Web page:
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Worthy successor? 2021 Volkswagen Golf 8 GTI


Pictures by Quickpic.

By Gordon Hall

Golf 8 was announced with great fanfare over the past two years, with fans practically falling over themselves to get a closer look. Much had to do with new powertrain options and connectivity; particularly of the in-car and inter-car kinds. This included warnings about roadworks, traffic congestion, animals and changes of speed limit in the next few kilometres along your route.

But the Golf line-up in SA has been restricted to GTI, and special variants thereof, since early 2021, so the part about powertrain options is of little interest at present. And inter-car communications appear to be mercifully absent for the time being. It might appear “cool” at first glance but there are security issues; if one car can communicate with yours, a hacker could easily cripple you. Be wary of what you wish for.

Sturdier mechanicals

Getting down to basics, Golf 8 GTI appears to be primarily a facelift, some changes in body size and added power, although Top Gear mentions higher-pressure fuel injectors, stiffer spring rates, sturdier steering mechanicals and a new computer that monitors engine revs, how much traction the tyres have, steering angle, what gear you’re in, the electronic front differential and (if you’ve ticked the box) the optional adaptive suspension – all at the same time.

It also scores VW’s seven-ratio DSG in place of the previous six-speed, although some markets’ first choice is a six-cog manual. That would be nice. To preserve the spirit, you understand.

The cabin is high-tech, as you’d expect in 2021. Not too mad about that dinky little gear shifter though.

Style-wise, the honeycomb grille is wider, with LED running lights set into it and an LED strip-light running across the nose. Out back, its twin tailpipes have been pushed further apart for a more planted appearance.

As for body changes, the new car is 29mm longer, 10mm narrower and 14mm lower on a wheelbase stretched by 7mm, making the new car’s dimensions 4287 x 1789 x 1478mm on a 2627mm wheelbase. According to local-car specs the fuel tank remains at 50 litres, luggage space shrank by three litres and tare mass increased by 165kg – from 1298 to 1463.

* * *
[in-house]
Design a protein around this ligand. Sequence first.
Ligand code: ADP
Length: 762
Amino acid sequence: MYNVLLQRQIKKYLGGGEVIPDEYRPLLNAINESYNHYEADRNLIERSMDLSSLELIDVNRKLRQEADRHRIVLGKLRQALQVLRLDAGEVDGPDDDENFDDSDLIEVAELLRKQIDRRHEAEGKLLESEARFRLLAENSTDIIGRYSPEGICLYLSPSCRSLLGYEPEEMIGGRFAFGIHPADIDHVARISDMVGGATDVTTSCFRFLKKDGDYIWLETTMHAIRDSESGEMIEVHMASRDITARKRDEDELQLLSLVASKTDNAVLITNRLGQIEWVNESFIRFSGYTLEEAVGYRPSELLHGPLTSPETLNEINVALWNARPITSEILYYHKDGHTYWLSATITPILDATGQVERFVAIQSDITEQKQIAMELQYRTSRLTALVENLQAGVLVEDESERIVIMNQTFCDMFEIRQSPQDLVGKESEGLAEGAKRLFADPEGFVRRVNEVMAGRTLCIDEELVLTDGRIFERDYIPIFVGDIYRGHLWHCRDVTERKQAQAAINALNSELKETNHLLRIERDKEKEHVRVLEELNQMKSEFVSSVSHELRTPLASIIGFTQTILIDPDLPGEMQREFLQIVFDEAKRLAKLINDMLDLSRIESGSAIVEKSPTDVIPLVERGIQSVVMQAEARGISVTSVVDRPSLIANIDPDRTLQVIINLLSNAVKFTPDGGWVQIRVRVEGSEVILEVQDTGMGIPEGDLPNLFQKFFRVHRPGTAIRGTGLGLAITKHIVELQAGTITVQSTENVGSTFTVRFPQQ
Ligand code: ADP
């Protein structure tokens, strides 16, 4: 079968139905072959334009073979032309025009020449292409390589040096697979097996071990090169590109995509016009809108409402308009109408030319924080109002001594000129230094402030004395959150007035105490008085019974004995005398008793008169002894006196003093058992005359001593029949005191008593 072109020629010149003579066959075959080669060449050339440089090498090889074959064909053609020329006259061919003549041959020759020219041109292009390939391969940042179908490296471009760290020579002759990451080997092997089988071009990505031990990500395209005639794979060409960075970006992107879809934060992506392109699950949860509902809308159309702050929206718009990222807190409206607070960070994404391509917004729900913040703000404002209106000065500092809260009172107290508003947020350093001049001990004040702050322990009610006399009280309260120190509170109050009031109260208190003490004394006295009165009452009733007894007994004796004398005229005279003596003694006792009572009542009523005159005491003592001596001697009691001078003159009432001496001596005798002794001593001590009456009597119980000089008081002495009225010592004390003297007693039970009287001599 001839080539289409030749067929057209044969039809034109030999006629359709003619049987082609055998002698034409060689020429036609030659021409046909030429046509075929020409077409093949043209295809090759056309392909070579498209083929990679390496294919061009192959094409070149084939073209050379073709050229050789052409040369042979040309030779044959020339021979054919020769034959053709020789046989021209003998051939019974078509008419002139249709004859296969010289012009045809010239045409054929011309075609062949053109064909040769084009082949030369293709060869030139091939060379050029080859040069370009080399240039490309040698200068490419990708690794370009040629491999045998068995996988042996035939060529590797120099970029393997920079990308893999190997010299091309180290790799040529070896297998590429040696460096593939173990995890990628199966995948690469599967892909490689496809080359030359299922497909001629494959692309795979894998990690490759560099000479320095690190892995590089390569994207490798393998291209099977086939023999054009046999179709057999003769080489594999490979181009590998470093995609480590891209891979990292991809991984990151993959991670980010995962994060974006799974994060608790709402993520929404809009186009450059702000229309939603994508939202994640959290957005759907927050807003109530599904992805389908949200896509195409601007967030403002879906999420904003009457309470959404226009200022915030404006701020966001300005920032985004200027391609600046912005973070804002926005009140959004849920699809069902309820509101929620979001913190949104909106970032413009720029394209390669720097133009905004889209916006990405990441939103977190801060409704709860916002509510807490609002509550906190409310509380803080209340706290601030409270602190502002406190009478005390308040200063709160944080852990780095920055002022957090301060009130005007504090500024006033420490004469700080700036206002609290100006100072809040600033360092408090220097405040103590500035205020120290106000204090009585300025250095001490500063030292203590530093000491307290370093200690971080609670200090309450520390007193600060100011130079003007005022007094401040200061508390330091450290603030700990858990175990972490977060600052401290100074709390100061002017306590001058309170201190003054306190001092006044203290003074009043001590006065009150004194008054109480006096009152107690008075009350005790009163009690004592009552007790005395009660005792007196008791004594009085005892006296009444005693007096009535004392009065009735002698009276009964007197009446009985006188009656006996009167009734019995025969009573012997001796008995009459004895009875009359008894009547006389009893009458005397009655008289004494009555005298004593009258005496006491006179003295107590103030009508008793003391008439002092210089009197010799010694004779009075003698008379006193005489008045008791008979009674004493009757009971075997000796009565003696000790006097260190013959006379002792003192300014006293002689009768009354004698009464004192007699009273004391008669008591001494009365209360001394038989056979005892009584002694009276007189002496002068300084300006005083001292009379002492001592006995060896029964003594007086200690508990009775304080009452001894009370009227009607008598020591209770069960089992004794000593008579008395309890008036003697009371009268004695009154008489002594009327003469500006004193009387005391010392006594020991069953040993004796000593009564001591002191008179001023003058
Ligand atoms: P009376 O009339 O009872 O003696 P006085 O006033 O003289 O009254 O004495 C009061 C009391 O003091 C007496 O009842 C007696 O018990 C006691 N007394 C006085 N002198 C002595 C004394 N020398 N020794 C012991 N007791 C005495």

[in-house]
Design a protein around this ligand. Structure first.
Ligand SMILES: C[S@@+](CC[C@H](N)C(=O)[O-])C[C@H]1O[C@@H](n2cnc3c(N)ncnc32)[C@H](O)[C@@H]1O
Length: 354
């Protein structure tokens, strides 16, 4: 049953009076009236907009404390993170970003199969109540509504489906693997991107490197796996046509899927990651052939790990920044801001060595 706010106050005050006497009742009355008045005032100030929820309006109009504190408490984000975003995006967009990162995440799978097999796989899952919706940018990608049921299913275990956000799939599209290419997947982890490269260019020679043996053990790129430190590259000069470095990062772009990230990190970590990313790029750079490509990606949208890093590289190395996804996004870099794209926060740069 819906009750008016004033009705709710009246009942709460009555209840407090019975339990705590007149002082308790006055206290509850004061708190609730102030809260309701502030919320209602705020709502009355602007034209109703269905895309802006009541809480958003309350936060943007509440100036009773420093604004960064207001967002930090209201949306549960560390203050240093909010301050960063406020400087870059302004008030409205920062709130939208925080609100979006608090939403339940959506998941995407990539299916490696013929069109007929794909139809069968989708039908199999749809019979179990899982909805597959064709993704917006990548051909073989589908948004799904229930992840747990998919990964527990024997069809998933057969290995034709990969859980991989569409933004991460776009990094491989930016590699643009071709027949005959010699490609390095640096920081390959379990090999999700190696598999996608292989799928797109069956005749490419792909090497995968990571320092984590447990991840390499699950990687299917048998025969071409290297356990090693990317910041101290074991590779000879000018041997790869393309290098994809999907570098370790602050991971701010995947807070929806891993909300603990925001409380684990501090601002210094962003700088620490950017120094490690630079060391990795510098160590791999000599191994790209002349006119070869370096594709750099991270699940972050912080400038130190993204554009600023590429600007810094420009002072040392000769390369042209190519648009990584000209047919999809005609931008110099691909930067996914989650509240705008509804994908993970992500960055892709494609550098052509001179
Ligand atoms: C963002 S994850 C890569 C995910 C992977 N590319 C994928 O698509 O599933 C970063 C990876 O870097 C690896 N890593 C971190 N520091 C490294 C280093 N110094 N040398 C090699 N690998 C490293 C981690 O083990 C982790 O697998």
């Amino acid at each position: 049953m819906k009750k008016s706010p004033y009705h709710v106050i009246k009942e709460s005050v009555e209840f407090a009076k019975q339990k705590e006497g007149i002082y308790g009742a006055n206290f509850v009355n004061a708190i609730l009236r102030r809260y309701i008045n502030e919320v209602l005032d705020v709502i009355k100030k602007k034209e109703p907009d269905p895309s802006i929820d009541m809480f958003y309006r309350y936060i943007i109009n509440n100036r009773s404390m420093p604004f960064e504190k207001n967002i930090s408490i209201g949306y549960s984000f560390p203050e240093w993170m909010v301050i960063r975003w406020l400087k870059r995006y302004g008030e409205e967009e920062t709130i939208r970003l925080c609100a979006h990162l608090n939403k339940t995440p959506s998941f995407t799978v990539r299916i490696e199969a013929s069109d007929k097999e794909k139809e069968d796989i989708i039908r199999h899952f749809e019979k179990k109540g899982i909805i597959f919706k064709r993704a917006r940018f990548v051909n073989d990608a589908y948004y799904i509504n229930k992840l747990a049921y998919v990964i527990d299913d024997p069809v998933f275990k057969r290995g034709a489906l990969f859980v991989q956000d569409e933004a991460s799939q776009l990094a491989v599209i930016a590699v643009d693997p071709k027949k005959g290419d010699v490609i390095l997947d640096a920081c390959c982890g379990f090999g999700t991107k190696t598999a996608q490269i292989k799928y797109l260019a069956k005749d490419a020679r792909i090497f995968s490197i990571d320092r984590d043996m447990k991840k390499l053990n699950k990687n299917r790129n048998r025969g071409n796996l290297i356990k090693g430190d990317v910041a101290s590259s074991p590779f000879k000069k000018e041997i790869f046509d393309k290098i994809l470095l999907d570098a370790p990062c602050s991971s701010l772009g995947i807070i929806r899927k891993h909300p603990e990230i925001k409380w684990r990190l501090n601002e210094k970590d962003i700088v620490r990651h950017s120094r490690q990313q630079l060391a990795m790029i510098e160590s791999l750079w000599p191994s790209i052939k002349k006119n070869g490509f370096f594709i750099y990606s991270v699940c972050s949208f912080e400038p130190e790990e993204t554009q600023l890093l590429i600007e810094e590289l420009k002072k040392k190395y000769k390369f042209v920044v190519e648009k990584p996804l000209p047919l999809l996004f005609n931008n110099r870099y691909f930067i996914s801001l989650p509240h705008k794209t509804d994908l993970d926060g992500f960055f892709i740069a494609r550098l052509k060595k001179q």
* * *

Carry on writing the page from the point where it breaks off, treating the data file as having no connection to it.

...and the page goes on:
That possibly explains why, despite an added 11 kilowatts and 20Nm, acceleration from zero to 100km/h remains at 6.4 seconds, with maximum speed increasing only marginally from 248km/h to 250.

Is it still the hot-hatch, get-your-body-involved, thrill-a-minute GTI we’ve loved since late ‘76? That one produced 81kW and 140Nm from a bored and stroked 1588cc engine with 9.5:1 compression ratio. And carburettors. Coupled to a close-ratio, four-speed manual gearbox, zero to 100km/h came up in 9.2 seconds with a top whack of 182.

Possibly not. Although succeeding generations have all been appealing in their own ways, this one seems to have lost the plot. Don’t get me wrong; it still accelerates like a student at free beer call, makes the right growly sounds under hard acceleration, creates satisfying “pops” with each full-throttle upward gear change, has exactly the right steering feel, and corners like a demon in hot pursuit of the hounds of hell. But that special GTI ambience and spirit have been deleted – by over-enthusiastic app-meisters and misguided interior design.

‘Don’t get me wrong; it still accelerates like a student at free beer call.’

I mean, really, who dreamed up that dinky little gear selector tab? Why, oh why, does one have to delve into menus to zero the trip odo or adjust the air conditioning? Why can’t it have a proper hand brake? Why must the intrusive lane-keeping aid default back on at every restart? And what’s with those motherly admonishments: ‘Mustn’t drive with the sunroof open’ (I want to find out when wind noise gets too loud – anything above 110 km/h), or ‘Don’t exit the car with the engine running’ (selector in Park and handbrake on – to open my front gate?)


This thing has morphed into your father’s Audi with “cool-app” inputs from somebody’s teenager. If I were rude, I might use dodgy language like, “I spit on this travesty!”

Sorry, Volkswagen, but the last true-to-spirit GTI, a Mark 7, rolled off a showroom floor this past April. Lucky buyer.

Now read: This Mitsubishi’s a versatile runner with loads of space

Test unit from VWSA press fleet
The numbers
Price: R669 300
Engine: Volkswagen EA888 DNPA, 1984cc, chain-driven DOHC, 16-valve, four-cylinder with Garrett turbocharger
Power: 180kW between 5000 and 6300rpm
Torque: 370Nm between 1600 and 4300rpm
0-100km/h: 6.4 seconds
Top speed: 250km/h
Real life fuel consumption: About 8.8 l/100km
Tank: 50 litres
Luggage: 374 – 1230 litres
Standard tyre size: 225/40R18
Spare: Spacesaver
Turning circle: 10.9m
Ground clearance: 137mm
Warranty: Three years, 120 000km
Service plan: Five years, 90 000km at 15 000km intervals


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